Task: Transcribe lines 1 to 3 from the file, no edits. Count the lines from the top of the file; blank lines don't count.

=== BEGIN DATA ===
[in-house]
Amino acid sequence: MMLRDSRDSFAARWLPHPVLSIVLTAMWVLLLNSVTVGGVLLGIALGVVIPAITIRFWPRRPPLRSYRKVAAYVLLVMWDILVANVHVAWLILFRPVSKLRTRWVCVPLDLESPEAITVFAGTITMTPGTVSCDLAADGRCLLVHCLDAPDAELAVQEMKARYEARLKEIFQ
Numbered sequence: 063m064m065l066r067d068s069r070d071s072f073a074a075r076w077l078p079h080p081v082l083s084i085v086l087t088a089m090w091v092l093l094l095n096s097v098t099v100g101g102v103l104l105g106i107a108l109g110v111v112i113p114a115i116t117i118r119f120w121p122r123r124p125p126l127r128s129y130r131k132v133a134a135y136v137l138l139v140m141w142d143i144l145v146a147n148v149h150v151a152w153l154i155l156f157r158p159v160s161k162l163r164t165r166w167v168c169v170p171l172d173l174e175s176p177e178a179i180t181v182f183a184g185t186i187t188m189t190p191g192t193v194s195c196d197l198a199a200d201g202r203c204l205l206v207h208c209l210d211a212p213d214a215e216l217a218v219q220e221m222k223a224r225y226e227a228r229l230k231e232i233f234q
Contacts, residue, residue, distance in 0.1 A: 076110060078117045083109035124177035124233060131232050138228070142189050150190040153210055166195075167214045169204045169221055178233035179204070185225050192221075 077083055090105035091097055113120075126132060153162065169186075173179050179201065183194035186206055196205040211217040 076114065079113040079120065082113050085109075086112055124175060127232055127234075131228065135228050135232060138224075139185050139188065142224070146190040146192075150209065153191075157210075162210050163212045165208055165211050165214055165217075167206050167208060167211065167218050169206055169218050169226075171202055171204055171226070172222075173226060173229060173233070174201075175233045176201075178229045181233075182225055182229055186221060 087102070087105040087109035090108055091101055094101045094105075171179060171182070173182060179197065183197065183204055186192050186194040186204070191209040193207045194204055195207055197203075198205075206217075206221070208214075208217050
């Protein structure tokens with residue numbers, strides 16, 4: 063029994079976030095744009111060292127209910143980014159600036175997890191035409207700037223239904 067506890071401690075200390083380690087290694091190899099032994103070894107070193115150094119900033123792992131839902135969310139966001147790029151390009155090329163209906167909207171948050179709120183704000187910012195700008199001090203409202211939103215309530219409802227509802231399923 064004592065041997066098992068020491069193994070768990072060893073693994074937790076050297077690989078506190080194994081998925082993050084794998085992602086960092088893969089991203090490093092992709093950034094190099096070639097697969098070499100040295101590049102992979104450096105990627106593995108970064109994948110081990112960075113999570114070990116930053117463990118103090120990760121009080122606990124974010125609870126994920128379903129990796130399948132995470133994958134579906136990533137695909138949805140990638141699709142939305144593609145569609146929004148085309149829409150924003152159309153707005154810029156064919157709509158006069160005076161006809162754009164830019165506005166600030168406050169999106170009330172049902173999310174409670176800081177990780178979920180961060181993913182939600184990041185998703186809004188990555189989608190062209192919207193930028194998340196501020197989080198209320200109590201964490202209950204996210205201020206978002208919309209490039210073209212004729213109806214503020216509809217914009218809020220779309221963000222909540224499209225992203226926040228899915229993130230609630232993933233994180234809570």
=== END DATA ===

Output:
[in-house]
Amino acid sequence: MMLRDSRDSFAARWLPHPVLSIVLTAMWVLLLNSVTVGGVLLGIALGVVIPAITIRFWPRRPPLRSYRKVAAYVLLVMWDILVANVHVAWLILFRPVSKLRTRWVCVPLDLESPEAITVFAGTITMTPGTVSCDLAADGRCLLVHCLDAPDAELAVQEMKARYEARLKEIFQ
Numbered sequence: 063m064m065l066r067d068s069r070d071s072f073a074a075r076w077l078p079h080p081v082l083s084i085v086l087t088a089m090w091v092l093l094l095n096s097v098t099v100g101g102v103l104l105g106i107a108l109g110v111v112i113p114a115i116t117i118r119f120w121p122r123r124p125p126l127r128s129y130r131k132v133a134a135y136v137l138l139v140m141w142d143i144l145v146a147n148v149h150v151a152w153l154i155l156f157r158p159v160s161k162l163r164t165r166w167v168c169v170p171l172d173l174e175s176p177e178a179i180t181v182f183a184g185t186i187t188m189t190p191g192t193v194s195c196d197l198a199a200d201g202r203c204l205l206v207h208c209l210d211a212p213d214a215e216l217a218v219q220e221m222k223a224r225y226e227a228r229l230k231e232i233f234q